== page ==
Recently, we received a question from a woman who had a waterlogged wormery. She threw the entire contents into the compost bin and now she finds that her compost includes big, happy, healthy composting worms in it. She suspects that the composting worms are tiger worms. This is probably correct, since tiger worms (Eisenia fetida, also known as red wrigglers) are often used in wormeries. They’re great little composters.
She is concerned that the tiger worms that get into her garden will out-compete her local earthworms and take over, and is also wondering if the neighborhood birds will be as willing to eat the tiger worms as they are the local worms.
First of all, for those who are not familiar, a wormery (a.k.a. “worm composter”) is a smallish compost bin, typically used to break down kitchen scraps into fertilizer. The worms eat the decomposing kitchen scraps, and produce fertilizer. Scraps are added until the bin is full and the worms have eaten all of the scraps. Then the worms are removed and the fertilizer can be used in the garden.
Our reader’s first question was, “Will the tiger worms out compete her local worms?” The answer is probably not. Unless, of course, her garden has a lot of rotting plant material, but then there are likely other forces at work. Tiger worms cannot eat living plant material as they have no teeth or any other way to break down solids. It’s likely that the tiger worms will die (or move on to less-green pastures) relatively quickly once their food source runs out. So, her local worms have little to worry about.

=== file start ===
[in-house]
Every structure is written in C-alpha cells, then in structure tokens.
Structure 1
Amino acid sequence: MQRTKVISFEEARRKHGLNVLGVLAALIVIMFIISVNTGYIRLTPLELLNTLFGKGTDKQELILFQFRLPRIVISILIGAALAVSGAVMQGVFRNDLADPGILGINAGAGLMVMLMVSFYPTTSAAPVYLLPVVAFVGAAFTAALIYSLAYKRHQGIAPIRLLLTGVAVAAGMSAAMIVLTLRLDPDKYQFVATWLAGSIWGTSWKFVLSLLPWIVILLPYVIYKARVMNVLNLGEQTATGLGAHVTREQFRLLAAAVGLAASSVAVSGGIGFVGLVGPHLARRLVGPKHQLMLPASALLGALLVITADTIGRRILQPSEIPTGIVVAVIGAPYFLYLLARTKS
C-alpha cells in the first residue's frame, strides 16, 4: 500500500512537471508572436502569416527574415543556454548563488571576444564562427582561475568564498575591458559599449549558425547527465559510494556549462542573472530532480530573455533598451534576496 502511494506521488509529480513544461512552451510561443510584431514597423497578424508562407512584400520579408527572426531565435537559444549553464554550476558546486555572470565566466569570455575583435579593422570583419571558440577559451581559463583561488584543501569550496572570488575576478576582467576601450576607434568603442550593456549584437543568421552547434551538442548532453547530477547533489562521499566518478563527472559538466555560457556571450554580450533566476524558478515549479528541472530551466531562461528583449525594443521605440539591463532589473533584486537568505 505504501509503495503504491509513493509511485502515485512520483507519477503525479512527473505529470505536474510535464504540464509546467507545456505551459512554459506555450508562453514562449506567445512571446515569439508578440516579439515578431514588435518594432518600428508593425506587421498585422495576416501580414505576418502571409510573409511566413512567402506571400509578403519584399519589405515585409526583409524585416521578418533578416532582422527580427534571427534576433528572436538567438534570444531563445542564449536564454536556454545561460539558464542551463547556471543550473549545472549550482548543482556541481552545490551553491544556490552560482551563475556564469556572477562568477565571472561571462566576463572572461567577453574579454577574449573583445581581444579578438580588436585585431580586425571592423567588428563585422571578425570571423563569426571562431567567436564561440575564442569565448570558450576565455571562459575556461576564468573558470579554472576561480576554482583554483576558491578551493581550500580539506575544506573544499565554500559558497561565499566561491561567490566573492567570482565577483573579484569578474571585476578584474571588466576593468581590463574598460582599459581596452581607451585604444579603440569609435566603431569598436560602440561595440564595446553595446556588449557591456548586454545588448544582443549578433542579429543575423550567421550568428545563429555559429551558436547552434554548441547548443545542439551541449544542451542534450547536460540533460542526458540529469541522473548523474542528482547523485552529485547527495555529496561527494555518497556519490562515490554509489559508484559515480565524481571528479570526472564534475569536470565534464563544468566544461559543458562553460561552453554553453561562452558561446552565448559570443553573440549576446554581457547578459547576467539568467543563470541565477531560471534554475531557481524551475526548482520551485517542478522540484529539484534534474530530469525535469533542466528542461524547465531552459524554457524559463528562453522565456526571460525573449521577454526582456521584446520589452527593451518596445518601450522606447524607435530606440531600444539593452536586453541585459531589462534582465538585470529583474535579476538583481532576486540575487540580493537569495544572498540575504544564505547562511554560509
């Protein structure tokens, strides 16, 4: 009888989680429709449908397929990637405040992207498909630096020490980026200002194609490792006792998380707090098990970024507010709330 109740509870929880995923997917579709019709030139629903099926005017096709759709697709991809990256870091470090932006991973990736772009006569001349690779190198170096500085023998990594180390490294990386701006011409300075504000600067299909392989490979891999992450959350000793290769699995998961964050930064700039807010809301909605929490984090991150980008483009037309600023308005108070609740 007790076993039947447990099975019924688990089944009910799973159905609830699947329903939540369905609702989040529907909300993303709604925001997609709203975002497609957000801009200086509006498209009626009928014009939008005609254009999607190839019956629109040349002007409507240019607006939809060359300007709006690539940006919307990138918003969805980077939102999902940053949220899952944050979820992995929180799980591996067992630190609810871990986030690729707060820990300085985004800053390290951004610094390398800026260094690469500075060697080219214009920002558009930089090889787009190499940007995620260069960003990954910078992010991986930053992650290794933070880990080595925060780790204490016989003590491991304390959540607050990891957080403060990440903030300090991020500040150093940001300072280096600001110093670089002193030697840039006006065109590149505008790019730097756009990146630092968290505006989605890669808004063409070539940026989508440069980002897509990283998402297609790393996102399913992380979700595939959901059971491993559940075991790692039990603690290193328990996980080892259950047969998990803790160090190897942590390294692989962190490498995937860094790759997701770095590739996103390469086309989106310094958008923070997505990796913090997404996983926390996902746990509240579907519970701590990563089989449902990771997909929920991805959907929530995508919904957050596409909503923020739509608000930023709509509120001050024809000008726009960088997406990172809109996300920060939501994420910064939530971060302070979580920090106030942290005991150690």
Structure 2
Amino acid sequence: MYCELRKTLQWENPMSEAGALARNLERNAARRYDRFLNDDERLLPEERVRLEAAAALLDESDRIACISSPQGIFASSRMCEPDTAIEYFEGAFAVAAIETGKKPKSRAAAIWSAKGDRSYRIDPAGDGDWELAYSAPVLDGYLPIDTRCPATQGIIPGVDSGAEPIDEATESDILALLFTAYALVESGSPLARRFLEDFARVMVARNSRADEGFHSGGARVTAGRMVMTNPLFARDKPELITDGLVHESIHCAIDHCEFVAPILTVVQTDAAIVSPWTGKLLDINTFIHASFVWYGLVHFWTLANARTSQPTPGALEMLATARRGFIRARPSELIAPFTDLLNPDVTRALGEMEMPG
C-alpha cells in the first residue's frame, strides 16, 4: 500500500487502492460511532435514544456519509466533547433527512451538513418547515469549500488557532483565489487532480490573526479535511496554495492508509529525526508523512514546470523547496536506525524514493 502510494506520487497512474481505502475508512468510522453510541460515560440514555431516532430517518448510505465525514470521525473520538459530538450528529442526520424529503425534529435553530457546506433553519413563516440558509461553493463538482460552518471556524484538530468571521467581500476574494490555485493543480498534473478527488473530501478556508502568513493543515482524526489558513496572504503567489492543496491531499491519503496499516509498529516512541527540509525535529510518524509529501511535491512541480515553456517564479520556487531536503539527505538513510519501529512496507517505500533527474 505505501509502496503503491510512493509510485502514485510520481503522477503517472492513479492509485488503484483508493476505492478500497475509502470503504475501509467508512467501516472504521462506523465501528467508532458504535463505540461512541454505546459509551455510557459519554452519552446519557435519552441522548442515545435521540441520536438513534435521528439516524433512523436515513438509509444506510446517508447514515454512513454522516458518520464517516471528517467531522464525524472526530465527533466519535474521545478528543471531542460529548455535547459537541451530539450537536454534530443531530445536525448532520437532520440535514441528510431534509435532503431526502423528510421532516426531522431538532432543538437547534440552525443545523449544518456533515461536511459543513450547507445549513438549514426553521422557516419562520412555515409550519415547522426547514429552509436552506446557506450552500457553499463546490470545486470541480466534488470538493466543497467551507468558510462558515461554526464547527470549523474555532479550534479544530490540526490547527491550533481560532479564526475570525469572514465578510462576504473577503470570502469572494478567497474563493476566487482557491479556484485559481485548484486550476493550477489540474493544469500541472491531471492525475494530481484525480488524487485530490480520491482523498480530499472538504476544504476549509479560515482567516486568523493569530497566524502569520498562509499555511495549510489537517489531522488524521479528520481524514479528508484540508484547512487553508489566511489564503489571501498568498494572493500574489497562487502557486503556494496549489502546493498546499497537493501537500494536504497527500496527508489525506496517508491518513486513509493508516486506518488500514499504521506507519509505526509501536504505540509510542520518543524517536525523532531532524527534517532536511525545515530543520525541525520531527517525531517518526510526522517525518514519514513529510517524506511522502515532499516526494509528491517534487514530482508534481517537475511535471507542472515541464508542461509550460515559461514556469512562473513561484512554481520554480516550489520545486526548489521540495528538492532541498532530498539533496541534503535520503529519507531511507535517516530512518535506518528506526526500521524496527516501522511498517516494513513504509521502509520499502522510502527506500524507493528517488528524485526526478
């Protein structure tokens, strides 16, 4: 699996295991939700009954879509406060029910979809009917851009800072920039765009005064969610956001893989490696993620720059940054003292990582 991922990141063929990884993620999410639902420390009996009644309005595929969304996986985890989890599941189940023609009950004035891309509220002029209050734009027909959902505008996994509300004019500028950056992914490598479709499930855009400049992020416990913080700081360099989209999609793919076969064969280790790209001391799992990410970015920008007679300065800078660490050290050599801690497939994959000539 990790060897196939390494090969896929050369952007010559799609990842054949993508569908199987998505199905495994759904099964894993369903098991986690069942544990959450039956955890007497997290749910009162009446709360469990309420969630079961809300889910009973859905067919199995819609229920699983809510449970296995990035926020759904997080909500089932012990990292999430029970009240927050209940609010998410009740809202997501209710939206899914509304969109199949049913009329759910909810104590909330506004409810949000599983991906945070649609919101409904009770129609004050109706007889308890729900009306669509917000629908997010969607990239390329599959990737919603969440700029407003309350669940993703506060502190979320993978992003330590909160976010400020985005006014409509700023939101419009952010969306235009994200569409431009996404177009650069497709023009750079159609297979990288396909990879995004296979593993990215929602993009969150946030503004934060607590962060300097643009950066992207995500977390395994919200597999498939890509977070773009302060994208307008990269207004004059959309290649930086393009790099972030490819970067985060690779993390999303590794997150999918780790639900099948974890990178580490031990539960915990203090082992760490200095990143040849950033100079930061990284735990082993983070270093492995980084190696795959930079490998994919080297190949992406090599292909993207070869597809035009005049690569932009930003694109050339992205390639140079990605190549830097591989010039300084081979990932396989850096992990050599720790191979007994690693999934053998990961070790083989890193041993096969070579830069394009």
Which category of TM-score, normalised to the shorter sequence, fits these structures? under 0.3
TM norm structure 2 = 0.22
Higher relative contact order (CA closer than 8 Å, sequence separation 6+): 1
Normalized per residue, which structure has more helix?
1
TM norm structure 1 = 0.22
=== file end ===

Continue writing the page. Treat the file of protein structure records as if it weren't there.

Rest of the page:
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The second question she had was, “Will the local birds eat the tiger worms?” The answer is yes, if they can get to them. The birds are not going to differentiate between the types of worms and will be happy to eat either one.
There are several lessons here:
- The waterlogging of the wormery did not kill off the worms living in it, and could have been used as-usual once it dried out.
- Tiger worms will happily live in most compost heaps.
- Introducing composting worms into your garden is unlikely to cause harm to either your garden or to the worms native to your garden. In fact, it’s likely that a few of those composting worms end up in your garden when you empty your wormery, no matter how hard you try to remove them.